Jay McShann’s robust, hard-driving, blues-flavored style of jazz piano helped shape the Kansas City sound of the 1930s. McShann is probably best remembered as the big bandleader who hired and helped launch the career of jazz great Charlie Parker in 1940.
In the late 1930s and early 1940s, when Kansas City was a hotbed of jazz activity, Mr. McShann was in the thick of the action. He landed in Kansas City in the 1930s where he found a rowdy town whose lax moral code created an ideal environment for nightclubs and musicians. Along with his fellow pianist and bandleader Count Basie, the singer Joe Turner and many others, he helped establish what came to be known as the Kansas City sound: a brand of jazz rooted in the blues, driven by riffs and marked by a powerful but relaxed rhythmic pulse.
"See, the town was wide open," Mr. McShann told the Chicago Tribune in 1991. "Now when a town is wide open, all the chicks are gonna be there, the pimps are gonna be there, you know what I mean? And then that makes everything happen, because you could get action any time of day or night, and the music joints were open practically all the time, till 5, 6 in the morning."
In a city filled with now-legendary musicians like Lester Young, Mary Lou Williams, Jimmy Rushing, and Julia Lee, Mr. McShann established himself as a leading pianist and bandleader.
Jay McShann, nicknamed "Hootie," began his career as a fleet-fingered pianist in the mode of Thomas "Fats" Waller and Earl "Fatha" Hines. In Kansas City, he absorbed the energetic, blues-drenched style of Pete Johnson and other boogie-woogie masters. Mr. McShann worked in the same lively vein for the rest of his 75-year career, which continued until months before his death.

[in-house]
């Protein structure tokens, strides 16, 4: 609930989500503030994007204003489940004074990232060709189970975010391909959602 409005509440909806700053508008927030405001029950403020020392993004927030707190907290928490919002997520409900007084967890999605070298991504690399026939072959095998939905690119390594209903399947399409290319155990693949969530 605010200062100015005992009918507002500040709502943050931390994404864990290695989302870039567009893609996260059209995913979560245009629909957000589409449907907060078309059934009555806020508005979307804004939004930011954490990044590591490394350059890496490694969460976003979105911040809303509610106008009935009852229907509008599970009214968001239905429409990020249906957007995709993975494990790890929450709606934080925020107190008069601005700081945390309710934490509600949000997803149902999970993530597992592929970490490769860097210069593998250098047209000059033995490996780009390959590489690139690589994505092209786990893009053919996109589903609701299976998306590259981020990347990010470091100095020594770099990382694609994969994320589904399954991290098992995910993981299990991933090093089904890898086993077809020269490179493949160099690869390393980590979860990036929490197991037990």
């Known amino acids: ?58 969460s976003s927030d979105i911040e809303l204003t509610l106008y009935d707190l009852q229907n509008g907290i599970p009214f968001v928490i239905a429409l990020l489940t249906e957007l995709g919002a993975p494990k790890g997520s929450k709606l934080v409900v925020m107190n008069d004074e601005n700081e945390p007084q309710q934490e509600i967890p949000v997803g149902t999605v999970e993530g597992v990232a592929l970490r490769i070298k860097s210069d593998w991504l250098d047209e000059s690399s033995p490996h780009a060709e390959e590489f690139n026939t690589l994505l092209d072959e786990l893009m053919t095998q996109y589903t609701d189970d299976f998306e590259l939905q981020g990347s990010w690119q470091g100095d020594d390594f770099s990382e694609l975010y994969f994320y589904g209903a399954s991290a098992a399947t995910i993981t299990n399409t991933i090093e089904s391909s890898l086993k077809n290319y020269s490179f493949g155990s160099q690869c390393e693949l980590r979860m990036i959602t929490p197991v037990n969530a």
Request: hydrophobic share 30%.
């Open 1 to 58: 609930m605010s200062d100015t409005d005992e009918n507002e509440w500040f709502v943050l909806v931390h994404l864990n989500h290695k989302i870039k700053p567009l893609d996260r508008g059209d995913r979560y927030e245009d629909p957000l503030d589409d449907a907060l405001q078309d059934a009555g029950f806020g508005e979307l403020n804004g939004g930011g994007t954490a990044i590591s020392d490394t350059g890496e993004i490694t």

In 1937, he was walking past a Kansas City club when he heard an alto saxophonist who played unlike anyone else. It was 17-year-old Charlie Parker.
Working with Mr. McShann's band, Parker made his first recordings in the early 1940s, already showing signs of the speedy elaborations that became the foundation of bebop, the style that would revolutionize jazz.
With Parker playing in the background, Mr. McShann had a hit in 1941 with "Confessin' the Blues," soon followed by "Hootie's Blues." For some high spirited up-tempo “Bird” swinging with McShann listen to “Jumpin The Blues,” “Sepian Bounce” and “Swingmatism.” Mr. McShann also recorded Parker's "What Price Love," which later became one of the saxophonist's signature works under the title "Yardbird Suite."
"Yardbird," often shortened to "Bird," was Parker's celebrated nickname, which he received while working with Mr. McShann. Driving to a job in Lincoln, Neb., Mr. McShann recalled in a 1999 interview, his car struck a chicken.
"Charlie yelled, 'Back up. You hit a yardbird!' He got out of the car and got it and carried the chicken on into Lincoln."
Parker had it cooked and ate it all in one sitting.
According to his website at www.jaymcshann.com James Columbus McShann was born in Muskogee, Okla., probably on Jan. 12, 1916. Although McShann himself claimed this date as his birth, it is somewhat debated as Leonard Feather’s Encyclopedia Of Jazz lists the year as 1906 as does the All Music Guide.